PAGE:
Posted in Aged Care, Working with Elderly

When Old People Help Young People

Can I Return Your Trolley For you, Dear?

As a rule, there’s not much in the way of kindness on offer in busy shopping centre carparks – especially from strangers performing the same tiresome routine as you.

Well today turned out to be my lucky-ducky-day!

Having pushed a way too over-loaded trolley out to my car (I detest the weekly supermarket battle but it’s just got to be done), I was puffing a bit and probably looked as hot and bothered as I felt.

Dollie with a trollie!

Whilst then transferring the weighty grocery bags into my car boot, I remembered a couple of essentials I’d forgotten to buy (why didn’t I make a goddam list?) so my head was miles away when an older man with lush white beard and dainty gold spectacles appeared beside me asking if he could perhaps give me a hand?

Gesturing towards my now empty cart he smiled and said in a most gentlemanly voice, “Can I return that for you, dear?”

My initial reaction was to decline politely this neatly-dressed chap’s offer.  For heaven’s sake, I was the carer who looked after elderly people – it should be ME offering to help HIM!

And he was clearly no spring chicken.  Although still quite sprightly, his light-weight frame and obvious hip issue made him look far too frail to be flinging other people’s grocery carts about.

Not only that, but I had to go back into the shopping centre anyway, which meant walking directly past the Trolley Return bay.  How easy-peasy it would be for me to whip my own cart (with it’s annoying dicky wheel) into the loading bay as I dashed by.

However, something in this earnest senior’s eyes made me zip my lip and realise that this was in fact, not about me.

Shopping Besties
– Dollie & Ray

Turns out that Ray (yes, we got chatting) was having his 90th birthday next week and he was really looking forward to the afternoon High Tea his family and friends (“the ones that haven’t dropped off, yet!”) were holding in his honour.  He told me how he had never felt so good – perhaps he might even have a gin or two on the BIG DAY!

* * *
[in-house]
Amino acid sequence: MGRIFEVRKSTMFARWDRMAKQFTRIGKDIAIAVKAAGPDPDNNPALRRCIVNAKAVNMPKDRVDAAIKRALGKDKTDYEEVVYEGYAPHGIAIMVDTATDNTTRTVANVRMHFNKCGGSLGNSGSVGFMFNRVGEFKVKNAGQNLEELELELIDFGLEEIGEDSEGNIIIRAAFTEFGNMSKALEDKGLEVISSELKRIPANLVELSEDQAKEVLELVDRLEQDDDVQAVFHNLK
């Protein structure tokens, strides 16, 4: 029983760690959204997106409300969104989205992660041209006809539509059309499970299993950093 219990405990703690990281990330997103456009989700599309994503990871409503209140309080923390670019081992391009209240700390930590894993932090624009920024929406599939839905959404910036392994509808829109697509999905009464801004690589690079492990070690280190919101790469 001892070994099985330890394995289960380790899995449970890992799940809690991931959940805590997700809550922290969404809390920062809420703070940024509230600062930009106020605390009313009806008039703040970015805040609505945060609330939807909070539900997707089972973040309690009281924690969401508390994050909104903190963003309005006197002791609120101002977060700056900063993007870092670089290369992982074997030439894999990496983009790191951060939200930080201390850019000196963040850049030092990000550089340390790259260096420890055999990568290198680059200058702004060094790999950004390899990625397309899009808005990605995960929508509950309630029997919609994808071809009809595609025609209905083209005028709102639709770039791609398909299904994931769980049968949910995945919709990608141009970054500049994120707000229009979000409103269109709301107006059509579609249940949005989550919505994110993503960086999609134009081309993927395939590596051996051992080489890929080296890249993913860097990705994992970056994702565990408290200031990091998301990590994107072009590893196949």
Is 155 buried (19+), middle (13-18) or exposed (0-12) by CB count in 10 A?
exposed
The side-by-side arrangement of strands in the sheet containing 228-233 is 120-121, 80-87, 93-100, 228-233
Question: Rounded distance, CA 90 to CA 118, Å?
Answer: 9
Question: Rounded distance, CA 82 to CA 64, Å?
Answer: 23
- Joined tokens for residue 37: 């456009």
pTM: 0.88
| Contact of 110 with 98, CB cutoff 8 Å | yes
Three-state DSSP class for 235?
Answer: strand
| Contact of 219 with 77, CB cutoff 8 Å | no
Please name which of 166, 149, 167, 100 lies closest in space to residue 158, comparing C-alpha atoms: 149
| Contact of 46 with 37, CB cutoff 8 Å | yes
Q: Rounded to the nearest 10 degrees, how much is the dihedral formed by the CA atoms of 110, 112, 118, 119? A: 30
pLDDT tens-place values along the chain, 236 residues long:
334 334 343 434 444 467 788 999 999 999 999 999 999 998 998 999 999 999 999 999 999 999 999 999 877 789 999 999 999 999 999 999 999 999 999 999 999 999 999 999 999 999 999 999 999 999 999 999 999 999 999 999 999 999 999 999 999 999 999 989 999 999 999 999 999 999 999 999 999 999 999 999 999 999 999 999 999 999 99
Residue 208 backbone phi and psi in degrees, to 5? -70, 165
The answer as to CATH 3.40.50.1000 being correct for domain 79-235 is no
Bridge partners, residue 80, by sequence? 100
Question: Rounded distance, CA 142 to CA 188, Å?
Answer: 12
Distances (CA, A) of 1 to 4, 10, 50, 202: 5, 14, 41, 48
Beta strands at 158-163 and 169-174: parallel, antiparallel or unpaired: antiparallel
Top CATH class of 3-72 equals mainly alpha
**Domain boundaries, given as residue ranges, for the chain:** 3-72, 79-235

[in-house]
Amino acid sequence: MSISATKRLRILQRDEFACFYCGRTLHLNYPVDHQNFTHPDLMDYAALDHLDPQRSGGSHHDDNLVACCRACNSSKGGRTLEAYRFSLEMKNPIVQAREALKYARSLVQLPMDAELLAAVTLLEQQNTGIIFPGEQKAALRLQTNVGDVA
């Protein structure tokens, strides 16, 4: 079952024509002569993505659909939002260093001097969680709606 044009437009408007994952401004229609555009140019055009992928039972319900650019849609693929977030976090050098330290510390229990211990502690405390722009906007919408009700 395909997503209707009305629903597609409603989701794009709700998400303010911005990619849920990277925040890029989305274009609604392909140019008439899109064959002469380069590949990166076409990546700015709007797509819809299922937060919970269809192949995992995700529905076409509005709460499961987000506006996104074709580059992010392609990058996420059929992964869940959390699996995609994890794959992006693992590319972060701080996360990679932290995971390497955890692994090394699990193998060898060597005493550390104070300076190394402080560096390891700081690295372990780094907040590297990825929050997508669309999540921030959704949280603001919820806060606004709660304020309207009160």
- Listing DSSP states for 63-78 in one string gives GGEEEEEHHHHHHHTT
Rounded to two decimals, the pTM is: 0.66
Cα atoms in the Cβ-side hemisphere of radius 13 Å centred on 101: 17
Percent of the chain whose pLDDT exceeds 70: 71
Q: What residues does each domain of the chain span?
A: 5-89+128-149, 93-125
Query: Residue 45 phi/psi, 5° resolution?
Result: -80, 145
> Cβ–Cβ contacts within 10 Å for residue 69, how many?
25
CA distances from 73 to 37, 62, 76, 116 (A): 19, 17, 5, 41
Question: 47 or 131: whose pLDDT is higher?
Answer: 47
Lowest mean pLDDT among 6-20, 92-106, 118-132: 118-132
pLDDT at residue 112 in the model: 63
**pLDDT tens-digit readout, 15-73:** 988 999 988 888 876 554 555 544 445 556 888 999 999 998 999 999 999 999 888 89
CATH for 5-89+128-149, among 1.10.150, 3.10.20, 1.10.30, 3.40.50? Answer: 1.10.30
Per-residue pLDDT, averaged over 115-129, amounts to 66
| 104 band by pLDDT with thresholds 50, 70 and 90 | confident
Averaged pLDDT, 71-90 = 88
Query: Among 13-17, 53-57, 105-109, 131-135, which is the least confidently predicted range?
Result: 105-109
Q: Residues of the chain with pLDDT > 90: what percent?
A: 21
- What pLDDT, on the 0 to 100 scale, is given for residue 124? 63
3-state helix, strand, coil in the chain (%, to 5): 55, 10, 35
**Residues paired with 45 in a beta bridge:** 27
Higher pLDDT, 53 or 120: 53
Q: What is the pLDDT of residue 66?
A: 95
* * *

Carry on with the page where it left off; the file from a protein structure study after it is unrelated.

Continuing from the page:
“Gee whiz, I’m excited to be alive, Dollie!”

Ray then went on to explain how having something to look forward to and feel special about, had made such a difference to his life.  Especially after losing his wife Anne last year ‘to the Cancer’ had left him feeling lonely, depressed and quite lost.

Indeed, I recognised there was far more significance in allowing lovely, high-spirited Ray assist with my ridiculous supermarket trolley than there was in me trying to save time and supposed unnecessary fuss.

And it wasn’t because Ray just happened to be passing that he’d felt obliged to make the offer; nor because he thought I actually really needed any real help.

It was just because he could.

HAPPY BIRTHDAY, RAY!!!

Cheers,
Dollie
And now you’re just being silly

Author:

Professional Carer / Ageing Enthusiast. Delighted to support my clients in living longer - LIVING BETTER! Jotting down the good bits.

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